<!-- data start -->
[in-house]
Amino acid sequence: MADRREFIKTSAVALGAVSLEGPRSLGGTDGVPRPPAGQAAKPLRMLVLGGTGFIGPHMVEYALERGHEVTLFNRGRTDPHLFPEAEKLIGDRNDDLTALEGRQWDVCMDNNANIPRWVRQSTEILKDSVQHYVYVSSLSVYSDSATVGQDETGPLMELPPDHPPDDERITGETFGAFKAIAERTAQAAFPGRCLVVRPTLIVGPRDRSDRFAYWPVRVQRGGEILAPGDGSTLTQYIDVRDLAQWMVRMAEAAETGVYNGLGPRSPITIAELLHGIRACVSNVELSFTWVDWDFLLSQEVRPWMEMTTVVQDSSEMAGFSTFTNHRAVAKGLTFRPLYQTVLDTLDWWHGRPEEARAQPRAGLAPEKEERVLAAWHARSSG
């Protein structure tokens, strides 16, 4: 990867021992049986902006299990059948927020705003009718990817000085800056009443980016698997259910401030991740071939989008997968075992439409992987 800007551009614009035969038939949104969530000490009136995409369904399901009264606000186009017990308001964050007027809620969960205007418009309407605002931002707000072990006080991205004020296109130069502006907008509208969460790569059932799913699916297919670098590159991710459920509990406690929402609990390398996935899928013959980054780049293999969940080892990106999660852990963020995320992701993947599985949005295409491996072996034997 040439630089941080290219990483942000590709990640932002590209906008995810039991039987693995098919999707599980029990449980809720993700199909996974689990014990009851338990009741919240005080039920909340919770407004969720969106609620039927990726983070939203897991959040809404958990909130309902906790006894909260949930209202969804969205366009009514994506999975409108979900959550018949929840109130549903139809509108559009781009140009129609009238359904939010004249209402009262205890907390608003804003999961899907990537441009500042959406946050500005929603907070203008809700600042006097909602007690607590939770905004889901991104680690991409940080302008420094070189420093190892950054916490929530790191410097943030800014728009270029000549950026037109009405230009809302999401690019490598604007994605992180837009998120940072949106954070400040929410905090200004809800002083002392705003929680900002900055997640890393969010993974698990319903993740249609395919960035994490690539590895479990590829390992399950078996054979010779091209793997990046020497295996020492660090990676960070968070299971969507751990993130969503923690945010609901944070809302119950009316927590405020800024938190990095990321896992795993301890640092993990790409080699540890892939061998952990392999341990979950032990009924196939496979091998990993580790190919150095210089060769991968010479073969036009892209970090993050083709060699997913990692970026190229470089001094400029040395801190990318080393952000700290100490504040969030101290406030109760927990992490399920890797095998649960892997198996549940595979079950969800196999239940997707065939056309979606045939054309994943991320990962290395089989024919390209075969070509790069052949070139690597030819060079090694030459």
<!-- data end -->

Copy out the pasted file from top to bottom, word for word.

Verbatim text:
[in-house]
Amino acid sequence: MADRREFIKTSAVALGAVSLEGPRSLGGTDGVPRPPAGQAAKPLRMLVLGGTGFIGPHMVEYALERGHEVTLFNRGRTDPHLFPEAEKLIGDRNDDLTALEGRQWDVCMDNNANIPRWVRQSTEILKDSVQHYVYVSSLSVYSDSATVGQDETGPLMELPPDHPPDDERITGETFGAFKAIAERTAQAAFPGRCLVVRPTLIVGPRDRSDRFAYWPVRVQRGGEILAPGDGSTLTQYIDVRDLAQWMVRMAEAAETGVYNGLGPRSPITIAELLHGIRACVSNVELSFTWVDWDFLLSQEVRPWMEMTTVVQDSSEMAGFSTFTNHRAVAKGLTFRPLYQTVLDTLDWWHGRPEEARAQPRAGLAPEKEERVLAAWHARSSG
């Protein structure tokens, strides 16, 4: 990867021992049986902006299990059948927020705003009718990817000085800056009443980016698997259910401030991740071939989008997968075992439409992987 800007551009614009035969038939949104969530000490009136995409369904399901009264606000186009017990308001964050007027809620969960205007418009309407605002931002707000072990006080991205004020296109130069502006907008509208969460790569059932799913699916297919670098590159991710459920509990406690929402609990390398996935899928013959980054780049293999969940080892990106999660852990963020995320992701993947599985949005295409491996072996034997 040439630089941080290219990483942000590709990640932002590209906008995810039991039987693995098919999707599980029990449980809720993700199909996974689990014990009851338990009741919240005080039920909340919770407004969720969106609620039927990726983070939203897991959040809404958990909130309902906790006894909260949930209202969804969205366009009514994506999975409108979900959550018949929840109130549903139809509108559009781009140009129609009238359904939010004249209402009262205890907390608003804003999961899907990537441009500042959406946050500005929603907070203008809700600042006097909602007690607590939770905004889901991104680690991409940080302008420094070189420093190892950054916490929530790191410097943030800014728009270029000549950026037109009405230009809302999401690019490598604007994605992180837009998120940072949106954070400040929410905090200004809800002083002392705003929680900002900055997640890393969010993974698990319903993740249609395919960035994490690539590895479990590829390992399950078996054979010779091209793997990046020497295996020492660090990676960070968070299971969507751990993130969503923690945010609901944070809302119950009316927590405020800024938190990095990321896992795993301890640092993990790409080699540890892939061998952990392999341990979950032990009924196939496979091998990993580790190919150095210089060769991968010479073969036009892209970090993050083709060699997913990692970026190229470089001094400029040395801190990318080393952000700290100490504040969030101290406030109760927990992490399920890797095998649960892997198996549940595979079950969800196999239940997707065939056309979606045939054309994943991320990962290395089989024919390209075969070509790069052949070139690597030819060079090694030459």